The crew splintered into smaller cells and huddled in scattered cabins, eating, drinking, joking and watching these strings lie maddeningly still in the water. The bobbers did not bob. We waited some more and we drank some more. We sang Happy Birthday to John and he opened a bottle of champagne with a saber to celebrate. Restaurant people armed with swords, on ice, with drink... What's the worst that could happen?

Darkness enveloped us early, which we welcomed with white bread and lobster grilled cheese roasted inside of an ancient potbelly stove. It had the feeling of a Cohen Brothers movie, stripped of menace. With meats and cheeses and whiskey and beer gone, we waited for those bobbers to move. Until they did, twice, I think. It's a tradition, we were told, to bite the head off of the first catch, the fisherman’s responsibility. Our sommelier, Bryan won that dubious honor. He paced and hyped himself up while everyone crammed into the tiny wooden shanty and cheered him on. He took the shot, grabbed the fish by the body and honored the tradition.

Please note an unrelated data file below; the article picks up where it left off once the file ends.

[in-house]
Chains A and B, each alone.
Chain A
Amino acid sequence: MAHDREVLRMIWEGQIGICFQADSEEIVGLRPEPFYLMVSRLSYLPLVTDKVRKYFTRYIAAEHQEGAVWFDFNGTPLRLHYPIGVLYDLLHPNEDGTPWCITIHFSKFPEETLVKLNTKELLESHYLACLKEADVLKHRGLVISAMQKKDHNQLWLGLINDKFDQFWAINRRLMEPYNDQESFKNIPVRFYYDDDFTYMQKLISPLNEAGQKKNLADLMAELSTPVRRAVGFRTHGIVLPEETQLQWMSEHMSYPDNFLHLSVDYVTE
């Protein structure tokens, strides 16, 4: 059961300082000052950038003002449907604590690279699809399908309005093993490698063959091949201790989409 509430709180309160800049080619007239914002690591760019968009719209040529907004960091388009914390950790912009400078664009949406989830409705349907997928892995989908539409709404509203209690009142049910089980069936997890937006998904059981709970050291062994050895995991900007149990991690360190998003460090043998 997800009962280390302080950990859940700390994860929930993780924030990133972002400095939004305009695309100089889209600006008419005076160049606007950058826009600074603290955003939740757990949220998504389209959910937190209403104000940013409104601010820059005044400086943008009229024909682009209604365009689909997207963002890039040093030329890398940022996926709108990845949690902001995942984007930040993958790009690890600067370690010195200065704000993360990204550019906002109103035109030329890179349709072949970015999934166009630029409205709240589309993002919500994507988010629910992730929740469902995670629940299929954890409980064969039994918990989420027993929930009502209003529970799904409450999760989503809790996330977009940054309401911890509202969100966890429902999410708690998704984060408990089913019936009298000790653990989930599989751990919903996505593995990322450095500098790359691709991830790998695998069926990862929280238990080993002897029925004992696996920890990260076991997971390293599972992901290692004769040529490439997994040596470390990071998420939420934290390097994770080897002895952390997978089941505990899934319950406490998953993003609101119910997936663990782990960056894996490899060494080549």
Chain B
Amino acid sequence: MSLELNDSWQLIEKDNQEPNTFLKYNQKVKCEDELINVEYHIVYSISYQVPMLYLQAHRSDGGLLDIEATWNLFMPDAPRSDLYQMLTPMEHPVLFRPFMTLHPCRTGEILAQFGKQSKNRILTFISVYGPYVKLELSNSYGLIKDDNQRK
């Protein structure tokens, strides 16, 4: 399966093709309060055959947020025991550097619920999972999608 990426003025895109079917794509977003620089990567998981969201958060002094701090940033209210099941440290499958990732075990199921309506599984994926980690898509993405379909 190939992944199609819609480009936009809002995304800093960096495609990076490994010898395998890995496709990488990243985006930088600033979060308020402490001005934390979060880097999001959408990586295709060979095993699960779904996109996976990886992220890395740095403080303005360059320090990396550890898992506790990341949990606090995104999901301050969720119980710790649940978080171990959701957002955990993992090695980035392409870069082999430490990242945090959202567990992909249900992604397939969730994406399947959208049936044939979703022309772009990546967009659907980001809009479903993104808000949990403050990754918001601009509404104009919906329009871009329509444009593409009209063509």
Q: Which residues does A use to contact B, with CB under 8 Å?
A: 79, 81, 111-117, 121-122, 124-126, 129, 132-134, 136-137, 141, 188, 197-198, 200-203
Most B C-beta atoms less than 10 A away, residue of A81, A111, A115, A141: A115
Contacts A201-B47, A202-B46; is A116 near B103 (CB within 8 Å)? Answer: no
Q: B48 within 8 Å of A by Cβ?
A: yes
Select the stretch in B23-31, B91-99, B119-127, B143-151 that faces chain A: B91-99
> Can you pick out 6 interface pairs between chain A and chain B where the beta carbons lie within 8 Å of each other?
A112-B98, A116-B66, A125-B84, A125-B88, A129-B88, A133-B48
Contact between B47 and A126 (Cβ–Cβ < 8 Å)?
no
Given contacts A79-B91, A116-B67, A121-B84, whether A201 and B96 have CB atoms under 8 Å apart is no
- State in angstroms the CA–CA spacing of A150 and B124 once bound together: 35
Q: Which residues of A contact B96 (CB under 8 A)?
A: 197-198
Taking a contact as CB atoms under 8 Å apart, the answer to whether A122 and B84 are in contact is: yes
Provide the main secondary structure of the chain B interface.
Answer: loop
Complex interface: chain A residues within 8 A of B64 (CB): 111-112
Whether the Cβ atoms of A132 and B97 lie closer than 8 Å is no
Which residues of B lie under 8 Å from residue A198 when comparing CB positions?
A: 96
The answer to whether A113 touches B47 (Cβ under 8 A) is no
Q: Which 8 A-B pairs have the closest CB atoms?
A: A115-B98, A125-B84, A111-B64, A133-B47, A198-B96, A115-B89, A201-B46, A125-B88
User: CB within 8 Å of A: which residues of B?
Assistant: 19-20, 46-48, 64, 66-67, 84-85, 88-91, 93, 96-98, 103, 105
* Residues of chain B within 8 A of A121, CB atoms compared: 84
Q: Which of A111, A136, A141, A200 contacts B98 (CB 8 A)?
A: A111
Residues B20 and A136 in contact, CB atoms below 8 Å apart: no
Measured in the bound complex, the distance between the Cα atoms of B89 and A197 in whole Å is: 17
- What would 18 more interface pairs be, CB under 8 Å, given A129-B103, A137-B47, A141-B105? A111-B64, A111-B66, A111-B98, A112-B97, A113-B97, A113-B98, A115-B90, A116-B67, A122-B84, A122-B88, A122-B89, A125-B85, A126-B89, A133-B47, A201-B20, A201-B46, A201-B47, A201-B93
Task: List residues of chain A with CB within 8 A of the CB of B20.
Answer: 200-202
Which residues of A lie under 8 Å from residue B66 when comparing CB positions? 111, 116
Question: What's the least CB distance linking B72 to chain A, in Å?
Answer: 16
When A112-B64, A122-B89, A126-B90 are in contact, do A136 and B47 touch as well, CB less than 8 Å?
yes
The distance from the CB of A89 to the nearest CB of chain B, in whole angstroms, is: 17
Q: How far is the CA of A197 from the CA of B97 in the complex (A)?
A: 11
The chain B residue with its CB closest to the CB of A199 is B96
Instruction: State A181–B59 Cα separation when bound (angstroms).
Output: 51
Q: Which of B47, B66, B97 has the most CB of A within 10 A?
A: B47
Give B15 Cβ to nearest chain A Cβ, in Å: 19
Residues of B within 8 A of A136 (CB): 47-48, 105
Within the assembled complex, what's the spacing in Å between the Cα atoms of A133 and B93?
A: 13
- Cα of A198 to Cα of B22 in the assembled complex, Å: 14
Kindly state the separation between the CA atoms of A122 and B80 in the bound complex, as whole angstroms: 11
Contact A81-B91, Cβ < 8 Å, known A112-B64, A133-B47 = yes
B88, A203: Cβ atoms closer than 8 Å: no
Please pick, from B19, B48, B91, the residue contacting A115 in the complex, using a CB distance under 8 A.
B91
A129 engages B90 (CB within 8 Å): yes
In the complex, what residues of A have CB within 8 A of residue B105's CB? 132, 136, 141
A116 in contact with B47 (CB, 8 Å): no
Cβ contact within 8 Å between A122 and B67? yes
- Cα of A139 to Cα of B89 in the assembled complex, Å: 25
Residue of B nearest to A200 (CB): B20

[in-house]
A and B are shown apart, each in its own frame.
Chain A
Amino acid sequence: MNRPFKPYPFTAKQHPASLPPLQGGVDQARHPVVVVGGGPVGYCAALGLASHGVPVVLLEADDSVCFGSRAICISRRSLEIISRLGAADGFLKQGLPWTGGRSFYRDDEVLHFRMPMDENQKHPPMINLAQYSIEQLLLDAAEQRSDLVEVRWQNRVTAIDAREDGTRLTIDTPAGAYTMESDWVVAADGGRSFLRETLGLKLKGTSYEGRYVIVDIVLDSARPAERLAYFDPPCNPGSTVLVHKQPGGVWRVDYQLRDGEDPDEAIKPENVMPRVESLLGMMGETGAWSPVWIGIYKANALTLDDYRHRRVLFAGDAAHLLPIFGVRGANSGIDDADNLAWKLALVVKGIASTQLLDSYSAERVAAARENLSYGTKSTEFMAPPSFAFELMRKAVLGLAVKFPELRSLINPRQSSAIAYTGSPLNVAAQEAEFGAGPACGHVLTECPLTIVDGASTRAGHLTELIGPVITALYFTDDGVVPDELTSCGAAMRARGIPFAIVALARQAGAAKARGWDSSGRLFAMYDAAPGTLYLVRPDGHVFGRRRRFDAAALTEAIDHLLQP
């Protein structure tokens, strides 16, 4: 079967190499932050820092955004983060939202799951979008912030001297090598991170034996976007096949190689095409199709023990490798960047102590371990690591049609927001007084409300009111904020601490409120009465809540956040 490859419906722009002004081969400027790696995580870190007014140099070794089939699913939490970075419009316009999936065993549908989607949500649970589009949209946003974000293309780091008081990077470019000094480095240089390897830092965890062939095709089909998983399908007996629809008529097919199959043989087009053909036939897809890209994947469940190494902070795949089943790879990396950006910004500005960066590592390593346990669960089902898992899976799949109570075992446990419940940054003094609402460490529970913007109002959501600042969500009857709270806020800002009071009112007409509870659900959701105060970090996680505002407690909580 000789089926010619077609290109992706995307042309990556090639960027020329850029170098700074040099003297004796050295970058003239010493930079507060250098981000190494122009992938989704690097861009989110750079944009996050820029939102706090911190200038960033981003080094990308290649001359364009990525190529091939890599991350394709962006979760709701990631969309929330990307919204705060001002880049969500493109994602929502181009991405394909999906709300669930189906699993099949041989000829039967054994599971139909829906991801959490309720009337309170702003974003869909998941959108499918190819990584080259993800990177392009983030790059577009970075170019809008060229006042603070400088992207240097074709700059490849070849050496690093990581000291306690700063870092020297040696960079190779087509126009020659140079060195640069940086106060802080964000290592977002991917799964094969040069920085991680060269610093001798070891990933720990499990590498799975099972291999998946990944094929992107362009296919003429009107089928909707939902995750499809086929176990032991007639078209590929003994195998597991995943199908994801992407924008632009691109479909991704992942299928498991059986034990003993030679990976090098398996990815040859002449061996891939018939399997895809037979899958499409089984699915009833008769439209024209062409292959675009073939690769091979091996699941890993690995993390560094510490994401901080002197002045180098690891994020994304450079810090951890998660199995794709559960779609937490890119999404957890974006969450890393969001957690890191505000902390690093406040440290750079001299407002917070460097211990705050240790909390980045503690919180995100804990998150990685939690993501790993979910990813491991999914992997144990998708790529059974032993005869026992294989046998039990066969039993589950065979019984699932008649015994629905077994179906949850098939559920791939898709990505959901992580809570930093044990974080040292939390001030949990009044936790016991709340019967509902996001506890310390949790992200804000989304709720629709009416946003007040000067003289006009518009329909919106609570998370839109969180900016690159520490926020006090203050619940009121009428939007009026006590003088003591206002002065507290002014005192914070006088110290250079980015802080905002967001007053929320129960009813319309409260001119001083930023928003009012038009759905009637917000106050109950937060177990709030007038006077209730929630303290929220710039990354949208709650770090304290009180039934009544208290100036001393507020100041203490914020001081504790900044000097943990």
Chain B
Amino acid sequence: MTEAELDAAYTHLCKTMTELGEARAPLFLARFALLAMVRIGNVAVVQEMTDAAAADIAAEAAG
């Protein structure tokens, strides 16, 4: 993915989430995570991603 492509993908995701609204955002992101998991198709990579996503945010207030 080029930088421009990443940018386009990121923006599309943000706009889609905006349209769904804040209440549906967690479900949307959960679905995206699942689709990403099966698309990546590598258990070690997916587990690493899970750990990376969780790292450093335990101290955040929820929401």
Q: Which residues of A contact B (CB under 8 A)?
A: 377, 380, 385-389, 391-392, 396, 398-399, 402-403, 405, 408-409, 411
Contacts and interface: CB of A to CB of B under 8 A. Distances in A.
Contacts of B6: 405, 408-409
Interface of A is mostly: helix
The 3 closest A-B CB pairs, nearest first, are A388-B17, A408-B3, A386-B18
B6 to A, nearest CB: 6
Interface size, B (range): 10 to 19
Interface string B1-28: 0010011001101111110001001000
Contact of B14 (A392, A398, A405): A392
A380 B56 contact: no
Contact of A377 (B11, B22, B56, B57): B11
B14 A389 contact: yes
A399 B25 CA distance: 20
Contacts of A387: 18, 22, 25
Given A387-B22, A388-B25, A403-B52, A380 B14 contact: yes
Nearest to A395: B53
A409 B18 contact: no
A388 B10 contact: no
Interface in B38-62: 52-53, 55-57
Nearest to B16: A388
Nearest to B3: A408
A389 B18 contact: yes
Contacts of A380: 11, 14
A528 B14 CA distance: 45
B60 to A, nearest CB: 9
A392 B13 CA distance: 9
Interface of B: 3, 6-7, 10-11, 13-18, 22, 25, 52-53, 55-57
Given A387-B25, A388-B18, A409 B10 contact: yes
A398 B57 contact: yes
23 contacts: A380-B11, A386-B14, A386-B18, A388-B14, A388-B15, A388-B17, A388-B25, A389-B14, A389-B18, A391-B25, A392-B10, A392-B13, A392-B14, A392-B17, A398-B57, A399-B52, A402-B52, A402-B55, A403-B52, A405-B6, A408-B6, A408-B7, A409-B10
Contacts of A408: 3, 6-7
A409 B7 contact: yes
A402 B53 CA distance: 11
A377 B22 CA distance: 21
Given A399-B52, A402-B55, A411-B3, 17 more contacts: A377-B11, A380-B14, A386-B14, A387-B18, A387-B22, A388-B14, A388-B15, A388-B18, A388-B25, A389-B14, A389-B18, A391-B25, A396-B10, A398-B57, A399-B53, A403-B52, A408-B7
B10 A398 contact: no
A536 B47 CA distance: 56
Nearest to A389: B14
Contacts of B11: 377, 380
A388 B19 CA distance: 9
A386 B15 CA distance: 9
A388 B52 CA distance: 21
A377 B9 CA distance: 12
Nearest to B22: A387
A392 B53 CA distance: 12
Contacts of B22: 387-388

With our total catch for the day amounting to two smelt, Bryan devoured about a quarter of our haul. No matter. We had each other, those iron contained fires, gallons of liquor and that night to call ours. After enough lobster grilled cheese, Allagash and whiskey, and play and talk and stories and all that, the catch is beside the point.